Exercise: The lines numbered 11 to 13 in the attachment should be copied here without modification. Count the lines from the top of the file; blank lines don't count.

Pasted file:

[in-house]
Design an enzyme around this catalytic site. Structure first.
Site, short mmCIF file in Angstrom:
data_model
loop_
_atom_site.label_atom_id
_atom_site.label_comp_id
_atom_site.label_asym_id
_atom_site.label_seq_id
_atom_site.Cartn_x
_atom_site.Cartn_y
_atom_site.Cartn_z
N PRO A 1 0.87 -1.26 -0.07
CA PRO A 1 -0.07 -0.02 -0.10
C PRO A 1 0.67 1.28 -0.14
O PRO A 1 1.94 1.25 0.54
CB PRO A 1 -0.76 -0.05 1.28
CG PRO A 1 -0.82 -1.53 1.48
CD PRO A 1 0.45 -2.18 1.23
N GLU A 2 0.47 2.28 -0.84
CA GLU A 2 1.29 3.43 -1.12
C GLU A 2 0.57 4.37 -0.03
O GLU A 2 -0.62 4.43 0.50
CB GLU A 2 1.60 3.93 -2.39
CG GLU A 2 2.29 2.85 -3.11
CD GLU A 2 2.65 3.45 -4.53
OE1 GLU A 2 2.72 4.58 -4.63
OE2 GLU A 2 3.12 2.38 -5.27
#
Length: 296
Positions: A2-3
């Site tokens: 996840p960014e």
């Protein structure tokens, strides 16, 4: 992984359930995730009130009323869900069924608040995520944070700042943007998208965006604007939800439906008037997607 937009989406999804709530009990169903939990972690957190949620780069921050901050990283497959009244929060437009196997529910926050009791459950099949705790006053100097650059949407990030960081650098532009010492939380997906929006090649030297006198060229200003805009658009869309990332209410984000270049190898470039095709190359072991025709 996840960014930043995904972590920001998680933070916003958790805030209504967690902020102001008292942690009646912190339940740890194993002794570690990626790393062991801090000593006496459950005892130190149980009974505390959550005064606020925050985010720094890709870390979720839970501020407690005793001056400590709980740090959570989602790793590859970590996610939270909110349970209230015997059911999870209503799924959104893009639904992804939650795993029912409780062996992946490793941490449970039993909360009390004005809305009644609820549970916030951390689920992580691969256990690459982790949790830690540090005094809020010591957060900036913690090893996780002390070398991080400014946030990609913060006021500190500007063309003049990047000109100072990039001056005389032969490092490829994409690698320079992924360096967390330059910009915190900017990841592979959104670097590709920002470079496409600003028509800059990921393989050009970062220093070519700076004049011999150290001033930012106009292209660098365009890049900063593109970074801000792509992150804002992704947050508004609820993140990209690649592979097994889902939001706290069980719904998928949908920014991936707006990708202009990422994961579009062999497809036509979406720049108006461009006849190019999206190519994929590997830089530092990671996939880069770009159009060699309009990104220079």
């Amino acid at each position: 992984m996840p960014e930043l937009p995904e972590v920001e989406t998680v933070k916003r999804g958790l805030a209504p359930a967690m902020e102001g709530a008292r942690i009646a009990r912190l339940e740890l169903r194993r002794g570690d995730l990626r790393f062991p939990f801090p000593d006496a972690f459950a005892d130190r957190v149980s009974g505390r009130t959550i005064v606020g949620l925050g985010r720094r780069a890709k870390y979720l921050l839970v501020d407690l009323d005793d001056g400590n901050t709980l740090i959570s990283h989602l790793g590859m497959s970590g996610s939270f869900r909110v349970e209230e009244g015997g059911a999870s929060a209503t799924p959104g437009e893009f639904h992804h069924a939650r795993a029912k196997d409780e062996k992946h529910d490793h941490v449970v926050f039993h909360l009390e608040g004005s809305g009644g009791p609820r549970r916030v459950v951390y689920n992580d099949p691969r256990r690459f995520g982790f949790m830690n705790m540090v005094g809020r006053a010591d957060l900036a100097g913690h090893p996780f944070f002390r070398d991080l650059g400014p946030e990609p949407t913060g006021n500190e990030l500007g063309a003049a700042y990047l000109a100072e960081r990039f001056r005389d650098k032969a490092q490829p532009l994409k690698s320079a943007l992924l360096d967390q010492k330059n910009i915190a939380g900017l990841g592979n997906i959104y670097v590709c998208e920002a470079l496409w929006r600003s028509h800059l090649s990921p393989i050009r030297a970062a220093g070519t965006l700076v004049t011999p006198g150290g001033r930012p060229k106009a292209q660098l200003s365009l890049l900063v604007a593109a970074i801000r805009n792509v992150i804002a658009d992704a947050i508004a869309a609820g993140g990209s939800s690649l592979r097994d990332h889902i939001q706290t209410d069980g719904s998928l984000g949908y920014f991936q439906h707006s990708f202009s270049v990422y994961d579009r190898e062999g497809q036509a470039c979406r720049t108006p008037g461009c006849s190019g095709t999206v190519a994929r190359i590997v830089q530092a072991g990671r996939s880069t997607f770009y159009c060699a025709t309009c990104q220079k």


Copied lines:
_atom_site.Cartn_y
_atom_site.Cartn_z
N PRO A 1 0.87 -1.26 -0.07